|A poster for the 1926 film “Arirang.” Traditional folk song Arirang has inspired various cultural genres. / Yonhap|
Korea’s traditional folk song “Arirang” has been recommended to be listed as an Intangible Cultural Heritage of Humanity by a UNESCO subsidiary body that has examined nominations from countries around the world.
The subpanel of the UNESCO Intergovernmental Committee for the Safeguarding of Intangible Cultural Heritage recommended Arirang be placed on the list after screening 36 nominations, according to the Cultural Heritage Administration (CHA) Monday.
A final decision will be made in the main committee meeting set to be held from Dec. 3 to 7 at the U.N. body’s headquarters in Paris, the agency said.
Korea currently has 14 items on UNESCO’s list of intangible cultural heritage of humanity, including the Royal Ancestral Rite and Ritual Music at the Jongmyo Shrine, which the kings of the Joseon Kingdom (1392-1910) used in ancestral memorial ceremonies, and “pansori,” a traditional Korean style of narrative song.
“The subpanel highly rated Arirang for having been constantly recreated generation after generation, playing an important role in forming an identity of Koreans and consolidating unity among them,” a CHA official said.
Seoul previously planned to make a joint request with North Korea for UNESCO to recognize Arirang as World Heritage, but made a solo bid in June instead. Cultural officials from both sides have not been able to discuss the issue since the sudden death of former North Korean leader in December 2011.
The application was a belated response to China’s registration of Arirang as its own national intangible cultural heritage last August, claiming that it was a folk song of an ethnic Korean group living in the northeastern part of the country.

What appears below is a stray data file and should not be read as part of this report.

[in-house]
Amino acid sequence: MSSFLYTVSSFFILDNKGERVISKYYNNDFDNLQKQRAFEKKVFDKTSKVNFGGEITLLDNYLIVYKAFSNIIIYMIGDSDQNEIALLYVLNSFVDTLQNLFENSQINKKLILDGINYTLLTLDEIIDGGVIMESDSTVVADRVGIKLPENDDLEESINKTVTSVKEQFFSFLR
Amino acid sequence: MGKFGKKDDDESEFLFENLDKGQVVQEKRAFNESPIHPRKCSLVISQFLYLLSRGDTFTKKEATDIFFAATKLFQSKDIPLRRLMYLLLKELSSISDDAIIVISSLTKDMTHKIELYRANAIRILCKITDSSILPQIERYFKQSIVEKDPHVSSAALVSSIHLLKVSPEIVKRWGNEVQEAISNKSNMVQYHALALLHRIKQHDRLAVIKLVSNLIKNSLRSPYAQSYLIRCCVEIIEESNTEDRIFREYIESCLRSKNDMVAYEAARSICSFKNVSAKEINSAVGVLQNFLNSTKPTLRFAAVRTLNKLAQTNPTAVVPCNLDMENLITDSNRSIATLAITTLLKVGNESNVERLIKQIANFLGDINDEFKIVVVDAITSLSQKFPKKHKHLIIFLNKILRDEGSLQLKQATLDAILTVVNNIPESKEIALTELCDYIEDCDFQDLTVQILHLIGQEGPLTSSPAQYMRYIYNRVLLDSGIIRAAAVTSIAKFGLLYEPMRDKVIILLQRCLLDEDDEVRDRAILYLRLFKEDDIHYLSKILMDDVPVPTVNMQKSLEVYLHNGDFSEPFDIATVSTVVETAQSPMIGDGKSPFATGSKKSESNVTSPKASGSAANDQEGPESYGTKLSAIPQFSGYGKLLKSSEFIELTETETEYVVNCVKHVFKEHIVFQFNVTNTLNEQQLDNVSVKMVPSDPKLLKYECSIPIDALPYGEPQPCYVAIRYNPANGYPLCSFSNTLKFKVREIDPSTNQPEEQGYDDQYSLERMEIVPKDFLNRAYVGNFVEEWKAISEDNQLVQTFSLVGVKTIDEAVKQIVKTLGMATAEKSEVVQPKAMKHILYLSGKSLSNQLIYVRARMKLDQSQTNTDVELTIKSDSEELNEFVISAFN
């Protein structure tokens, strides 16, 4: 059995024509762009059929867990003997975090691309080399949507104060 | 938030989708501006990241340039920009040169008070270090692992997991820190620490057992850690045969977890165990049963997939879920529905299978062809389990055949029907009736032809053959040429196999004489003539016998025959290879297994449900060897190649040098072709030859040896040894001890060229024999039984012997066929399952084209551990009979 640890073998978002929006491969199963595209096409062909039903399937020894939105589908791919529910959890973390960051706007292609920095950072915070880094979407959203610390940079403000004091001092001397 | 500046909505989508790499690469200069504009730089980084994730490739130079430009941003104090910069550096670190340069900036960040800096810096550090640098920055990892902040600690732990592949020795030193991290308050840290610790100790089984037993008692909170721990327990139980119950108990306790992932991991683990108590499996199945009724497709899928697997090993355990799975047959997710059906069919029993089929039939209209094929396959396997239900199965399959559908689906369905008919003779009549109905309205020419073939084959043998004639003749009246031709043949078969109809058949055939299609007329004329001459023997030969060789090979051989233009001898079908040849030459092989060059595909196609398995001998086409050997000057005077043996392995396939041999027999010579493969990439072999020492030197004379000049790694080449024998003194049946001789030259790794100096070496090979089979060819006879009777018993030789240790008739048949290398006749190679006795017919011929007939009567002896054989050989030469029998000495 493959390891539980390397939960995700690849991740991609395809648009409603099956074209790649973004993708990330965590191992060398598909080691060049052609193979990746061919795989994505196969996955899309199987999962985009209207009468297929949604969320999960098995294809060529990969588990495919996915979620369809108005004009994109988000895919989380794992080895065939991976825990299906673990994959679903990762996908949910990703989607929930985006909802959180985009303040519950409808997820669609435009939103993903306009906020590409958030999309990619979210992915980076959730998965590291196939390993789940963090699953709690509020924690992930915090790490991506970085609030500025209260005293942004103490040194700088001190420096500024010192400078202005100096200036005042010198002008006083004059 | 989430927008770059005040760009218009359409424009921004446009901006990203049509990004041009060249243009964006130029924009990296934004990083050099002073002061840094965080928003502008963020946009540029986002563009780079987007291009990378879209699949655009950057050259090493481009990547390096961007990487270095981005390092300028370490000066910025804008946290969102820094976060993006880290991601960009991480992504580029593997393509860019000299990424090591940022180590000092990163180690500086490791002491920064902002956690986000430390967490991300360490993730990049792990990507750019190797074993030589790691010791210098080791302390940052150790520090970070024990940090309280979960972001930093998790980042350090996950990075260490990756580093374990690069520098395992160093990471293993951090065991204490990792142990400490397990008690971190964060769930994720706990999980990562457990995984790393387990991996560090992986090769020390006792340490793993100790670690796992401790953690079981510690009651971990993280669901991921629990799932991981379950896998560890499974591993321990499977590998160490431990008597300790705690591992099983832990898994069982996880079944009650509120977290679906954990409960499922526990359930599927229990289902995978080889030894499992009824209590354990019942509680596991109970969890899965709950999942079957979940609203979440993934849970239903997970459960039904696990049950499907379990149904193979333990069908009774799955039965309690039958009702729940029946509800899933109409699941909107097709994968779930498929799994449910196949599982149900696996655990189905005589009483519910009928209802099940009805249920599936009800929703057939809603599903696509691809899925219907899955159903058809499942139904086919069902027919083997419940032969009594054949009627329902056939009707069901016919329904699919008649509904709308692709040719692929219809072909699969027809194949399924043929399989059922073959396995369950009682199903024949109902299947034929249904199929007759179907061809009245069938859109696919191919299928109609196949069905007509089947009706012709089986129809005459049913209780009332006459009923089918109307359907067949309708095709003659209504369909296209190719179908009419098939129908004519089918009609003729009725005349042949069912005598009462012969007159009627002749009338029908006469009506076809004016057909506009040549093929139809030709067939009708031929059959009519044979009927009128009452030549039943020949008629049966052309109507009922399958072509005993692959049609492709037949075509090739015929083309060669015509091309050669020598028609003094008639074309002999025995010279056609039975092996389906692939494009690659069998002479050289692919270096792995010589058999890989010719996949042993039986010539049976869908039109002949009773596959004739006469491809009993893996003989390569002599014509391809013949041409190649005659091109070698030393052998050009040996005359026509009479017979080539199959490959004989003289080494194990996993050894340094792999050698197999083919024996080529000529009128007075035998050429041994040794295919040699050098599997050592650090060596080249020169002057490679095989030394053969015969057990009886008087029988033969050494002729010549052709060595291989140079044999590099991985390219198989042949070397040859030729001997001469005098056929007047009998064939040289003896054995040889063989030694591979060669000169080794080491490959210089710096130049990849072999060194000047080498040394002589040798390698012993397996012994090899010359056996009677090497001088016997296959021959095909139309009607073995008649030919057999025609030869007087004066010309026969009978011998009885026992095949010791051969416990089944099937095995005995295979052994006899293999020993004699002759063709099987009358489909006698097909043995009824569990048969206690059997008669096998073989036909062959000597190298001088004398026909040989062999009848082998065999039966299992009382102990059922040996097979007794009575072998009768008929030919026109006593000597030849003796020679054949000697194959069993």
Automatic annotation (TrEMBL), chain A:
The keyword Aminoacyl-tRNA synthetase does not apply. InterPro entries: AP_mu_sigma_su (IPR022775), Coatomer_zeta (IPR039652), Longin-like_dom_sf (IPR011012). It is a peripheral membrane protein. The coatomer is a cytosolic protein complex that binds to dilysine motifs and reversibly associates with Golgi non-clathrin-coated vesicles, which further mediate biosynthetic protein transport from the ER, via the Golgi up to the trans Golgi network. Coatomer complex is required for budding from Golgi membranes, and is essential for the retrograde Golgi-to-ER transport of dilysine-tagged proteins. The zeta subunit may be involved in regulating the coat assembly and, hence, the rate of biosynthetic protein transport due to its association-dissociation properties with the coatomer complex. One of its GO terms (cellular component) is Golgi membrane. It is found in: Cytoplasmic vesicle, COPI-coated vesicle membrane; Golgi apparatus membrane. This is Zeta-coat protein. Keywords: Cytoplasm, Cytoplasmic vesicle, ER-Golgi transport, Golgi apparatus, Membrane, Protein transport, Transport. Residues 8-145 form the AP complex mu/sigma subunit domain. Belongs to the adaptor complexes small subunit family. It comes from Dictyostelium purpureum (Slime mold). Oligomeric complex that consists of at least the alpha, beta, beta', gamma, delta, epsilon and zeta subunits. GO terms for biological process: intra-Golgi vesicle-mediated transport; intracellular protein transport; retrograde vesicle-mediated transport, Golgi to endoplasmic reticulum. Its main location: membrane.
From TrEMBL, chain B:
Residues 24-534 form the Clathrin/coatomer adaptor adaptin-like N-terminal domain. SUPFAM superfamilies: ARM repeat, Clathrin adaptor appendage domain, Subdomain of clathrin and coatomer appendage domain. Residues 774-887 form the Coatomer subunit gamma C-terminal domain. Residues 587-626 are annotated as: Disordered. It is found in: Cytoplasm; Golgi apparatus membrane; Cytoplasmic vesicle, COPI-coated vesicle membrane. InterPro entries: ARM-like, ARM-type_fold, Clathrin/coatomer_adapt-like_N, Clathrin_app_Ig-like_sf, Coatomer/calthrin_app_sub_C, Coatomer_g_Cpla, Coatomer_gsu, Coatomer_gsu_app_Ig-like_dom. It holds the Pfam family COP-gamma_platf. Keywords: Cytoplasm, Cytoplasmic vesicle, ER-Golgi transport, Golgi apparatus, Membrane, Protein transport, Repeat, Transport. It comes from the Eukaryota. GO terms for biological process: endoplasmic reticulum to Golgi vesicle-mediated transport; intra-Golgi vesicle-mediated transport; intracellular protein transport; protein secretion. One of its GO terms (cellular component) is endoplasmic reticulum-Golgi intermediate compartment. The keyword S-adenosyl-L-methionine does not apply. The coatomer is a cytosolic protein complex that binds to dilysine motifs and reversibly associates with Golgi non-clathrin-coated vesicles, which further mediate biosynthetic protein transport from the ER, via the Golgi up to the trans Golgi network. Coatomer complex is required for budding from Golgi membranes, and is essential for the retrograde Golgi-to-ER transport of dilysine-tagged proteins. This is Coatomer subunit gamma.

Arirang is not just one song but a variety of local versions handed down throughout Korea. Experts estimate the total number of folk songs carrying the title “Arirang” at some 3,600 variations belonging to about 60 versions.
Arirang in pre-modern times conveyed the joys and sorrows of commoners in traditional society. During the colonial period, it gave expression to personal and national sufferings of Koreans and fanned hopes for independence in their hearts.
As the song has been around for more than 600 years, it is in the heart of not just South Koreans but for those in the North as well.
Today, Arirang serves to unite the Korean people. The unified team of South and North Korea sang Arirang as they marched together in the opening ceremony of the 2000 Sydney Olympics. Film director Kim Ki-duk sang the song instead of giving a thank-you speech when his film “Pieta” won the top prize at Venice Film Festival.
Arirang itself has been a popular subject and motif in diverse arts and media, including cinema, musicals, drama, dance and literature. With surging interest in Korean popular music abroad, Arirang today has greater potential for global exposure as Korea’s foremost cultural emblem and source of fresh musical inspiration.
Olympic champion Kim Yu-na skated to an Arirang theme, “Homage to Korea,” at the 2011 World Figure Skating Championships.